For Colored Girls: Films Every Sister Should See

Written by admin   // November 12, 2010   // 0 Comments

by Karen Good, BlackAmericaWeb.com

When director Julie Dash was seeking distribution funding for her debut film “Daughters of the Dust,” a producer told her, “Nobody wants to be a black woman for two hours.” Hmmph.

The recent release of Tyler Perry’s film adaptation of Ntozake Shange’s choreopoem “For Colored Girls Who Have Considered Suicide When The Rainbow Is Enuf” has reinvigorated discussion about black women in film, how we are seen and who tells our stories. The ensemble cast features some of the best actresses of our time – who also happen to have had the great good fortune of being born black and female. We exist. And our stories, like Shange’s love, is too delicate/beautiful/sanctified/magic/saturday nite/complicated/music to have thrown back in our faces.

In honor of our image, here are a few films every black woman should see, lest your card be revoked.

EVE’S BAYOU (1997)

Ten-year-old Eve Batiste (played by an exceptional Jurnee Smollett) tells the story about her Louisiana family and the summer of 1962 — the year, she says in the opening minutes, she killed her father. Its outstanding cast includes Samuel L. Jackson as father Louis Batiste, along with Lynn Whitfield, Diahann Carroll, Megan Good and Debbi Morgan as Mozelle Batiste Delacroix, Eve’s widowed aunt who has the gift of sight. Directorial debut by actress Kasi Lemmons.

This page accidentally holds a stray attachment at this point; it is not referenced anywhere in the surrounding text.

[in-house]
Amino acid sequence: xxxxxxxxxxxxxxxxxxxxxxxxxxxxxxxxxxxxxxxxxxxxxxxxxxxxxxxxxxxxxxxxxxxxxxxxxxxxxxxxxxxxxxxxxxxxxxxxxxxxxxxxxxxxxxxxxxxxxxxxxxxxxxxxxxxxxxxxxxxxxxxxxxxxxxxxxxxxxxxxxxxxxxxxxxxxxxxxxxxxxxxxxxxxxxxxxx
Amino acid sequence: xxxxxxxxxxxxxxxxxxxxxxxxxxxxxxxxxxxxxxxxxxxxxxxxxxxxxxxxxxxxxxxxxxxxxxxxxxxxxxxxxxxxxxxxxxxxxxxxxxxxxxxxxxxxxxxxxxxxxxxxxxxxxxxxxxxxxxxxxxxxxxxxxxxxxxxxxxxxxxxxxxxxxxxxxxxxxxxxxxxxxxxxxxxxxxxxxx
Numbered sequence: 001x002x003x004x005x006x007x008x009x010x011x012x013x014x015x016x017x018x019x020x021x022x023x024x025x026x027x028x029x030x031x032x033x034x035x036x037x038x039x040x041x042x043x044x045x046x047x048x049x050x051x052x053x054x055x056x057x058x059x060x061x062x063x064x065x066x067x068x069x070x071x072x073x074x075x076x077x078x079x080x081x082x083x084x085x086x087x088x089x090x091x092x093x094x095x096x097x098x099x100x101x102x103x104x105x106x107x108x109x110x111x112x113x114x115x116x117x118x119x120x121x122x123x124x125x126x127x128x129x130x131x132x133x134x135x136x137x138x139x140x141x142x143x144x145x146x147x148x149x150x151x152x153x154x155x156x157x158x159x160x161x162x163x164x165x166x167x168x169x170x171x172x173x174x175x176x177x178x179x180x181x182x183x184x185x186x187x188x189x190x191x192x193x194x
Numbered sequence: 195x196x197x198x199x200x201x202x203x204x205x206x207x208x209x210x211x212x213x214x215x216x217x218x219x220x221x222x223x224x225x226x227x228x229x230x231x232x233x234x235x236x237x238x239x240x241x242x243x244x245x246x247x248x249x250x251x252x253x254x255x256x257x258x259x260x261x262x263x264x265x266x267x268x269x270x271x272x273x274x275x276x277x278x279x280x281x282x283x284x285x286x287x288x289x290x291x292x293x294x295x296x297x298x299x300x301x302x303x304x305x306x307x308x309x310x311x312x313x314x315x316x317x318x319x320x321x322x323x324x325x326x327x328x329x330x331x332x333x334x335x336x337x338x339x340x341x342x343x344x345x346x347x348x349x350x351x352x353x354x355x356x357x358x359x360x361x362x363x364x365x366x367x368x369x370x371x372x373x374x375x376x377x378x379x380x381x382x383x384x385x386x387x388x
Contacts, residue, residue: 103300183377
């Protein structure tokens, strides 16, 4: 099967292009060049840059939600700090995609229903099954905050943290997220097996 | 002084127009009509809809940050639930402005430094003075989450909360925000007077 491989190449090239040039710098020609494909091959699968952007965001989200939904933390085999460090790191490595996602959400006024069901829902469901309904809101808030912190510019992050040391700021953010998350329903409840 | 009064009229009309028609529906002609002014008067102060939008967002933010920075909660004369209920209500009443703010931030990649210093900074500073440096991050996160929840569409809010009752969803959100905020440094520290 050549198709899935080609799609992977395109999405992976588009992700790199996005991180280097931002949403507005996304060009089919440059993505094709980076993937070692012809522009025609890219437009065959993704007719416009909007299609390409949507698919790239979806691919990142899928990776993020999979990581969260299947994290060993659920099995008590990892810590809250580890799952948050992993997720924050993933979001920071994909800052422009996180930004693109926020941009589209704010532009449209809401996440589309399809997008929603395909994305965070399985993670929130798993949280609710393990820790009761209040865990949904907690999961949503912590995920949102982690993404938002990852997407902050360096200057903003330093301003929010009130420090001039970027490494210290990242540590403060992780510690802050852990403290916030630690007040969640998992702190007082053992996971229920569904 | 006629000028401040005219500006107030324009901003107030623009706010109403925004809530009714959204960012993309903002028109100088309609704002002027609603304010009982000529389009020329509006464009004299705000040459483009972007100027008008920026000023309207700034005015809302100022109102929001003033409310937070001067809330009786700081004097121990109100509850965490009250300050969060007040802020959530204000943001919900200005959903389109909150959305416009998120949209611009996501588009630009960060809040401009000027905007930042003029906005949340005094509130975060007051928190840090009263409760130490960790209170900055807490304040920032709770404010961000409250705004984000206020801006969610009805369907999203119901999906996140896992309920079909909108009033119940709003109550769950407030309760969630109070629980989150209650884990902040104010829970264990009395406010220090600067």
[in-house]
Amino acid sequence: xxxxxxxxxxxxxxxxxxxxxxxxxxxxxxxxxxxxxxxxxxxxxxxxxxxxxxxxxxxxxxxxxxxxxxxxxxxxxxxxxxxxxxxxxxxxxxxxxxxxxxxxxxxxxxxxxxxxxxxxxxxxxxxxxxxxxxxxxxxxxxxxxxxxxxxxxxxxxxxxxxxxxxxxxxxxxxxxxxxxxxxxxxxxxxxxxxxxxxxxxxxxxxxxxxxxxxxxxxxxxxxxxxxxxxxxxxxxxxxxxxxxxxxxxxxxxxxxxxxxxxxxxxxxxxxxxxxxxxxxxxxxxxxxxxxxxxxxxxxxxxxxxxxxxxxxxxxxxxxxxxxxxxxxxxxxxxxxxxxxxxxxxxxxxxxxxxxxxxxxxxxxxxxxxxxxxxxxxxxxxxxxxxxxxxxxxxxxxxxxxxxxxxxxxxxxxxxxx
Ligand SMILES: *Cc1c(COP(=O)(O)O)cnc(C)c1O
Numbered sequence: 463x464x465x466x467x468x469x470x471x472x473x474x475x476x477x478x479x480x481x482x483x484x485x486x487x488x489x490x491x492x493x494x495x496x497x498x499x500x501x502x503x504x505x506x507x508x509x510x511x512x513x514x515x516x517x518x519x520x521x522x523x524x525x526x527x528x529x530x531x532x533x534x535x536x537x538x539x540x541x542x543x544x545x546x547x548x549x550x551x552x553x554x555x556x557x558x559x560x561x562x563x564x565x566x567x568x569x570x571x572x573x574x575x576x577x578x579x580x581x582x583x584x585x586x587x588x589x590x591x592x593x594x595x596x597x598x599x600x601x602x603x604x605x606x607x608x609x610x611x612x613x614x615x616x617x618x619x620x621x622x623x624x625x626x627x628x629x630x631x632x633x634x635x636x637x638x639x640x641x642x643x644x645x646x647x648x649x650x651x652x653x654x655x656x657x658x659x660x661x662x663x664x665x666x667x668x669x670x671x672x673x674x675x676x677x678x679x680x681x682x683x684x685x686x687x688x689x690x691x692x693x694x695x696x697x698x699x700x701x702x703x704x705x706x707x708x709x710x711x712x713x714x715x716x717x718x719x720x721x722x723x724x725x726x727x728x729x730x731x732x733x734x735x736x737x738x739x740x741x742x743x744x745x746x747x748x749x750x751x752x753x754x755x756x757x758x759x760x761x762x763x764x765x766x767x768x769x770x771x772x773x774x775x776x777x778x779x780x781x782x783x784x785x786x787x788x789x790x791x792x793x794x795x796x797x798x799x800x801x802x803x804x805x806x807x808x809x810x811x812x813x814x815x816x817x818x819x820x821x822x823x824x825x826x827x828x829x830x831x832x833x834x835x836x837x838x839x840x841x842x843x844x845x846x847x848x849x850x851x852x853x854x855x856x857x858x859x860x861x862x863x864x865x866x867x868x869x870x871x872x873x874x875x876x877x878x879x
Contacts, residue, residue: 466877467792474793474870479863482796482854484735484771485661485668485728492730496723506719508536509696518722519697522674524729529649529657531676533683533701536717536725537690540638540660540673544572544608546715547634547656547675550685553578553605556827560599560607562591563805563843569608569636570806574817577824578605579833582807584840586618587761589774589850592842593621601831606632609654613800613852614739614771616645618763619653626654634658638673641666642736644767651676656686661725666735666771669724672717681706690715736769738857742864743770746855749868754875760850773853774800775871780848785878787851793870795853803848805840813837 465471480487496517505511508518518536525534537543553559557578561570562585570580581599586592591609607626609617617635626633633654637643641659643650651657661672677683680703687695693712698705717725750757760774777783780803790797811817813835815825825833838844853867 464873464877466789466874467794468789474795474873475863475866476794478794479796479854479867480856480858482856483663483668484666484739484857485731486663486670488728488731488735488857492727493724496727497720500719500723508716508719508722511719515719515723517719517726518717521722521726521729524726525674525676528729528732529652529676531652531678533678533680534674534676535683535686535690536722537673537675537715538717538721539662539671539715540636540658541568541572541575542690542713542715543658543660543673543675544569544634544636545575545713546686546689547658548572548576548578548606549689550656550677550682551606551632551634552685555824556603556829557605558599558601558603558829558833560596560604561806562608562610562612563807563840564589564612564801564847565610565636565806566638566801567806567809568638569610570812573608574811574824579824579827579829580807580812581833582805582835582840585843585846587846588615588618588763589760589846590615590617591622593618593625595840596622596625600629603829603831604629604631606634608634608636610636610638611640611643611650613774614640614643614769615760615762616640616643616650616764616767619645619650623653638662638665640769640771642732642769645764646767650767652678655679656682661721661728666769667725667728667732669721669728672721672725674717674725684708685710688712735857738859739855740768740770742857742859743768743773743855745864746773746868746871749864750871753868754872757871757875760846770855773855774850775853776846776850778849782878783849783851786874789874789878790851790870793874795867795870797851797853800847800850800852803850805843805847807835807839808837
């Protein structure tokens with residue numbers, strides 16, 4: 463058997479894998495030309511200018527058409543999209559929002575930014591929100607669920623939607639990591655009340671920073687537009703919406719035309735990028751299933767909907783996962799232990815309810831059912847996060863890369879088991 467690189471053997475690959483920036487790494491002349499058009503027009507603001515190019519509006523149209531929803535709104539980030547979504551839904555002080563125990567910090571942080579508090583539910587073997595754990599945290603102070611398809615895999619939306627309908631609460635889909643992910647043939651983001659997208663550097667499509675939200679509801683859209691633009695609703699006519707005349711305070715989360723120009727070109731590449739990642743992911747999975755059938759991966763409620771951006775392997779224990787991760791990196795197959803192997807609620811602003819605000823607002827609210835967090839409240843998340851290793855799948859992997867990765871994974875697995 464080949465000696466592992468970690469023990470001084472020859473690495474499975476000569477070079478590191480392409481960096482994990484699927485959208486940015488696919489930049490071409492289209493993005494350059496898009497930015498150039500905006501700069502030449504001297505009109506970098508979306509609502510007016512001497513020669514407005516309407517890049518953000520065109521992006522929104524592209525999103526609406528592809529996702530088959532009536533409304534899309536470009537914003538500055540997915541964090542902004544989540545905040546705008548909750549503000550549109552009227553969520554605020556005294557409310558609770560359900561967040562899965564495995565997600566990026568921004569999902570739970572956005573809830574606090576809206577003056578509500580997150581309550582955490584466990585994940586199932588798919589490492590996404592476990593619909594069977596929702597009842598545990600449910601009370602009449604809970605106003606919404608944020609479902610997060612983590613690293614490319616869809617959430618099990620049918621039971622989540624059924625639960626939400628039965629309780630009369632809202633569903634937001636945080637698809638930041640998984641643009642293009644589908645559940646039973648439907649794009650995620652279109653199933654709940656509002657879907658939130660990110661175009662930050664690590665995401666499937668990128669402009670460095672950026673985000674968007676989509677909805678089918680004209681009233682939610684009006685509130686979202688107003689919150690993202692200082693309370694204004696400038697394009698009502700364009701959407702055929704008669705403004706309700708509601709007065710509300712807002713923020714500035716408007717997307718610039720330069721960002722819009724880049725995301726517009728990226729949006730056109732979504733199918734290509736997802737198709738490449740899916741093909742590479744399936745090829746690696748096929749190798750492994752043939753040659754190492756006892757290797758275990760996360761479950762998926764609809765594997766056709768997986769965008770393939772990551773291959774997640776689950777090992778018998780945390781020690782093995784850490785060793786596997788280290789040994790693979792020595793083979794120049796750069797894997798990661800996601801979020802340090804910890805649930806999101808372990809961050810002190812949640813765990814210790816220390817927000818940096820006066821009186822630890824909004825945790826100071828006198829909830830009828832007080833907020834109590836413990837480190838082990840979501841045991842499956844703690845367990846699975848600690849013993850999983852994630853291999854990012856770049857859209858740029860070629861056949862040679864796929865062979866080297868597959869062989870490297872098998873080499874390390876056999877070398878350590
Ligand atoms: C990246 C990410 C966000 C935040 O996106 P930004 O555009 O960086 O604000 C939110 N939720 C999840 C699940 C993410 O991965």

Why watch? Plain ol’ awesome and layered dramatic storytelling.

DAUGHTERS OF THE DUST (1991)

Director Julie Dash wanted to tell a story about African Americans at the turn of the century, particularly the Gullah people from the South Carolina Sea Islands, once a slave port. Narrated by an unborn daughter, “Daughters” is the story of the Pezant family and their gathering before some of the family relocates up North.

Why watch? Cinematographer Arthur Jafa and his eye for striking beauty, including beautiful black women in white; the exploration of Gullah culture and honoring of ancestors. DANCEHALL QUEEN (1997)

A Jamaican cult classic! Street vendor and single mother Marcia is ekeing out a living in Kingston, Jamaica, and has become dependent upon financial help from Larry, a shady businessman. When “Uncle Larry” begins making advances at one of her daughters and the support systems Marcia’s been leaning on disappear, she finds an unexpected solution to her woes in the dancehall.

Why watch? Pure, empowering, wind-up-your-waist fun.

CLAUDINE (1974)

Diahann Carroll plays Claudine, a single mother of six in Harlem, who finds love with a proud and charming garbage collector named Rupert Marshall (James Earl Jones).